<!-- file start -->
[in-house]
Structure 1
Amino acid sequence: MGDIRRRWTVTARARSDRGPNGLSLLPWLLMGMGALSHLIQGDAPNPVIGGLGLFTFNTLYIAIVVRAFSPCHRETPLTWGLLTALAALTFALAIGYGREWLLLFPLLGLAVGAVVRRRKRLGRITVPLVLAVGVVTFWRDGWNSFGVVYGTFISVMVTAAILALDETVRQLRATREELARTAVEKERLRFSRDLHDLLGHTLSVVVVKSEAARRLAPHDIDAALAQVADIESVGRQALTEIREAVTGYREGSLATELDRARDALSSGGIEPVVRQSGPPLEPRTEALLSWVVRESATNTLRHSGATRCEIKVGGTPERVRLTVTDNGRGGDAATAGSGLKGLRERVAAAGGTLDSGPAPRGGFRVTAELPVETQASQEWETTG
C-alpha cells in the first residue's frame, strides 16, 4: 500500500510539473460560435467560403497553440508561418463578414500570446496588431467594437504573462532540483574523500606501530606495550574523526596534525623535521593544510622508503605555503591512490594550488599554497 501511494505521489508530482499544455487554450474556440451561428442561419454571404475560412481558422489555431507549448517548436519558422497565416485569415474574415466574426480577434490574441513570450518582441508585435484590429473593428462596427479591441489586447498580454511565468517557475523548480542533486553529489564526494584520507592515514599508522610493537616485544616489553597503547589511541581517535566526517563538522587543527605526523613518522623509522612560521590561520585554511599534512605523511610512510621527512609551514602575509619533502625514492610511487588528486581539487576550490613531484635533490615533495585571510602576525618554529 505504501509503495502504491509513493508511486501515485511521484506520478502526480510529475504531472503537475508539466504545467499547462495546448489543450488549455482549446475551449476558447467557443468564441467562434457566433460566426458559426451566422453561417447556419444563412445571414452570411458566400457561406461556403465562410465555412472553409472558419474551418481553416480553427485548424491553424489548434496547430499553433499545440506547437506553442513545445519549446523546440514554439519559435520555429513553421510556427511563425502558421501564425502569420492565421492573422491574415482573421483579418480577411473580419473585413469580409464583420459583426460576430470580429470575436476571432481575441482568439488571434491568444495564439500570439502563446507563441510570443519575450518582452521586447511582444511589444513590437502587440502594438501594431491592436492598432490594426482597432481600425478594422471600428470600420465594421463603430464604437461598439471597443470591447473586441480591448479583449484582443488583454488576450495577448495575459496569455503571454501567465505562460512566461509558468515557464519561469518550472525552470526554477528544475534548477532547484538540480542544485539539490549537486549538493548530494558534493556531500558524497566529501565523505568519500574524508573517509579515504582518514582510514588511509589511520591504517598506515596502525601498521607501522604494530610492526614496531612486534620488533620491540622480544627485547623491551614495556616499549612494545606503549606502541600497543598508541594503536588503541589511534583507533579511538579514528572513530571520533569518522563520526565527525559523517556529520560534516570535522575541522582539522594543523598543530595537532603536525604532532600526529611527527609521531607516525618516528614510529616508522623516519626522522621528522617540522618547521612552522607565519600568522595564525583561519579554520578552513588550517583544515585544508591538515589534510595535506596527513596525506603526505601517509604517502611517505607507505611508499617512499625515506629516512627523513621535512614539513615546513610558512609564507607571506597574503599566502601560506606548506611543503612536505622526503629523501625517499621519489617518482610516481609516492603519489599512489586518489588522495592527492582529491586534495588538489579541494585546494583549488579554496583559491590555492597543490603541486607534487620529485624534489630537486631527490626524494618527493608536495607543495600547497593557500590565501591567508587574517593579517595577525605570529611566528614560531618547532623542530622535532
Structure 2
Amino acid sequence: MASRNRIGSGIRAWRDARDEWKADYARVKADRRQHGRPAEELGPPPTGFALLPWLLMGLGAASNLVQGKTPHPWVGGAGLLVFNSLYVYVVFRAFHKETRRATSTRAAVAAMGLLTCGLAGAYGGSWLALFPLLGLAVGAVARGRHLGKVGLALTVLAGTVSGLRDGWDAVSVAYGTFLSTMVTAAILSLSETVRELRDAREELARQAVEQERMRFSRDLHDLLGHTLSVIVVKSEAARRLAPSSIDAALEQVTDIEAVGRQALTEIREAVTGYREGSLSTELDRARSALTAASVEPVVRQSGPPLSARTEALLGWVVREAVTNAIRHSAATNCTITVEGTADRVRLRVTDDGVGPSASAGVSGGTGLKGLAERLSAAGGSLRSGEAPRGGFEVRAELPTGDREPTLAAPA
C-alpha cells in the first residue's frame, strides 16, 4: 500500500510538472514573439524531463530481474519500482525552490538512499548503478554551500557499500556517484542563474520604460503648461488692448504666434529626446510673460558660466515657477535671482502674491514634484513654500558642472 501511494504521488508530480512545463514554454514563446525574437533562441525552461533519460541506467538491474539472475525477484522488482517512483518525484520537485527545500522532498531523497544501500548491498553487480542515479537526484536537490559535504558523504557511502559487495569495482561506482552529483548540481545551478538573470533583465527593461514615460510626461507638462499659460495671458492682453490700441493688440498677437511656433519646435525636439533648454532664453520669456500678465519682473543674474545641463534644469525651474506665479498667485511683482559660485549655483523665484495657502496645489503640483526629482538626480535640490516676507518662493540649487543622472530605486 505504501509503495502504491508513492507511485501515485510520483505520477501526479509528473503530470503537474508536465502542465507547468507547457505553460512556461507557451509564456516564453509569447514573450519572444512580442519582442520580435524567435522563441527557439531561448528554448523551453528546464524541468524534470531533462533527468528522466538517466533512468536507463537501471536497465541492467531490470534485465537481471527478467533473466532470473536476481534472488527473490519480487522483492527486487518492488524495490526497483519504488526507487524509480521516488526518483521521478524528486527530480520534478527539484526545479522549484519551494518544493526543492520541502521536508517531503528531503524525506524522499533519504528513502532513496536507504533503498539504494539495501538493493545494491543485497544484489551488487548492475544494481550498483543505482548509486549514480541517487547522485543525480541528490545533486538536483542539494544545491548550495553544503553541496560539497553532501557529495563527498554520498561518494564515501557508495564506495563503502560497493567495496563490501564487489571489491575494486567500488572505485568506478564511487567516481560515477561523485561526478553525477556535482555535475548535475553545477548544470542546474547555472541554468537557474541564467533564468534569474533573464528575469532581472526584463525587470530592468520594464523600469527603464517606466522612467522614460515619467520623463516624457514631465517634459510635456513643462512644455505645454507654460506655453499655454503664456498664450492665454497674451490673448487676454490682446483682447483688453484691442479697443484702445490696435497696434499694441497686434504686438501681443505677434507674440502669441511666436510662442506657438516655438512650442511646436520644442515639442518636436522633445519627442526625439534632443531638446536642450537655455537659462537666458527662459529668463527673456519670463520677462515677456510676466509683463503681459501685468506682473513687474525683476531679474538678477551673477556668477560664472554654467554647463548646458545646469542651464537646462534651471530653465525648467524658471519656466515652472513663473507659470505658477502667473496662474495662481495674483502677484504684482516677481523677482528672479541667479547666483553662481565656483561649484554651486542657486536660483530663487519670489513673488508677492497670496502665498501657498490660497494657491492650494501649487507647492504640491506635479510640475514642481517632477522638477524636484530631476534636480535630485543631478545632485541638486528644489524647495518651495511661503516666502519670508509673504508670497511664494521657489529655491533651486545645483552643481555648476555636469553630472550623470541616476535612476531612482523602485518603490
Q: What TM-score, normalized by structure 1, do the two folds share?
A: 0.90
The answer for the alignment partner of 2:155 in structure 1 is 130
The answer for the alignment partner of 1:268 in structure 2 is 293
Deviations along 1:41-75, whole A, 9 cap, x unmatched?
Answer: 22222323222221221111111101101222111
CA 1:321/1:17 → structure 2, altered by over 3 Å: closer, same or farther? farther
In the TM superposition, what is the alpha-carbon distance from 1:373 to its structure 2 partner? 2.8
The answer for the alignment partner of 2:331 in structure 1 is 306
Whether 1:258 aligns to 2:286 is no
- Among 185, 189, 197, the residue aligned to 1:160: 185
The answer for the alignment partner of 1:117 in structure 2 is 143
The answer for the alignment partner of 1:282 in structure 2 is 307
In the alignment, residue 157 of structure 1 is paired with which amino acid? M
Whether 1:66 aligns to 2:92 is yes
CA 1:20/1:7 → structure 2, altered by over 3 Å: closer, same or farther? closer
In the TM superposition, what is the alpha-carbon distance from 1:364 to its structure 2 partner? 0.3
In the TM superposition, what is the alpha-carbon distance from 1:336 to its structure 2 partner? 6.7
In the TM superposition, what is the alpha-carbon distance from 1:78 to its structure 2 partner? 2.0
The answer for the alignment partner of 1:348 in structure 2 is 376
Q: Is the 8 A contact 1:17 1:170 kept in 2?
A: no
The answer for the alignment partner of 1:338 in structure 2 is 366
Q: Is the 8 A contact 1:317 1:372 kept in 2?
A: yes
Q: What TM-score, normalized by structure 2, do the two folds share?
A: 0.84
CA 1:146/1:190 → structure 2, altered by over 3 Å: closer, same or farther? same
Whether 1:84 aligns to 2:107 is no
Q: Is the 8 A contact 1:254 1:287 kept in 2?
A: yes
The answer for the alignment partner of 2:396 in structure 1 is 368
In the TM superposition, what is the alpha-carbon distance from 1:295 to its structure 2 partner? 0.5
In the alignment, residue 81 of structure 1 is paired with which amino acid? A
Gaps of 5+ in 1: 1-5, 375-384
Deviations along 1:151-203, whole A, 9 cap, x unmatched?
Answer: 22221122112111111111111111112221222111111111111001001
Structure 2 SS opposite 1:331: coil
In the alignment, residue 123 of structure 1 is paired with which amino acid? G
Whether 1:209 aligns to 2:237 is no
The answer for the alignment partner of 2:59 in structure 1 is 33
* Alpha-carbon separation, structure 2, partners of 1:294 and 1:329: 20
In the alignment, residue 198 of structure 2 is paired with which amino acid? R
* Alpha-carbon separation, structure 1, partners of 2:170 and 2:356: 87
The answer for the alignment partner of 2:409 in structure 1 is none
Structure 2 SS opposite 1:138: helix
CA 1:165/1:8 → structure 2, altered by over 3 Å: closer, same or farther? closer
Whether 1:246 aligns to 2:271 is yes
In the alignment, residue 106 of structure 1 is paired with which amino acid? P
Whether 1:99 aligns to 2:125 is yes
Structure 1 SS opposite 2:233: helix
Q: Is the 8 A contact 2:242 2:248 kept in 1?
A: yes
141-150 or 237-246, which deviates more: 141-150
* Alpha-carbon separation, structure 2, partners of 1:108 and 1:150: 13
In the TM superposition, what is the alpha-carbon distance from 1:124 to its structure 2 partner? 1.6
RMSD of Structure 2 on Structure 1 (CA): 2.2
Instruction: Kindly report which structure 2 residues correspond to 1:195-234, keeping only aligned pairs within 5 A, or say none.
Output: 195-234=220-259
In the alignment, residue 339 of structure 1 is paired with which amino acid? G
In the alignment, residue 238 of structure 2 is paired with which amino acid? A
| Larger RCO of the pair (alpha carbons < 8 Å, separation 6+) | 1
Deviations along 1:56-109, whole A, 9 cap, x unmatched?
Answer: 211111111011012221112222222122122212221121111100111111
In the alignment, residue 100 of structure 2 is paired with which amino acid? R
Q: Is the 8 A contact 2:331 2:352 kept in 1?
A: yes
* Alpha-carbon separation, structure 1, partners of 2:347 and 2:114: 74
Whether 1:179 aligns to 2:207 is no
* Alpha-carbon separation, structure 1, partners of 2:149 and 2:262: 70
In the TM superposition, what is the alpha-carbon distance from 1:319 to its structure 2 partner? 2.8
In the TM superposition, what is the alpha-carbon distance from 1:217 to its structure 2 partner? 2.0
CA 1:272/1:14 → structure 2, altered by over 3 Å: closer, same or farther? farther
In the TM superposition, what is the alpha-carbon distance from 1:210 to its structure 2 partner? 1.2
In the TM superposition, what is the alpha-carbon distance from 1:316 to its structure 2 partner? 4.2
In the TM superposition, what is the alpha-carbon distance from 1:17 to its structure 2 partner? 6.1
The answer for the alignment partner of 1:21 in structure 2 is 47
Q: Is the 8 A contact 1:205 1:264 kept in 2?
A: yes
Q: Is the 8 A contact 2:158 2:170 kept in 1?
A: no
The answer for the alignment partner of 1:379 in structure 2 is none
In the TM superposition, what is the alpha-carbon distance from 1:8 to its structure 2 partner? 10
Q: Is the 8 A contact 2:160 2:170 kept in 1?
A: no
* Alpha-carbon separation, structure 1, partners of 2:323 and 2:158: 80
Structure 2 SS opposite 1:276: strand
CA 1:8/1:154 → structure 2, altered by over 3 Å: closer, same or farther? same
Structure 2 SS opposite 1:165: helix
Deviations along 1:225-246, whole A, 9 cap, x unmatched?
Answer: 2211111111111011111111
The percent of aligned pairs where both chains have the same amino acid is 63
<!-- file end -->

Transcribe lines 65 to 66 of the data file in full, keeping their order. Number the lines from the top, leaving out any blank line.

Instruction: Kindly report which structure 2 residues correspond to 1:195-234, keeping only aligned pairs within 5 A, or say none.
Output: 195-234=220-259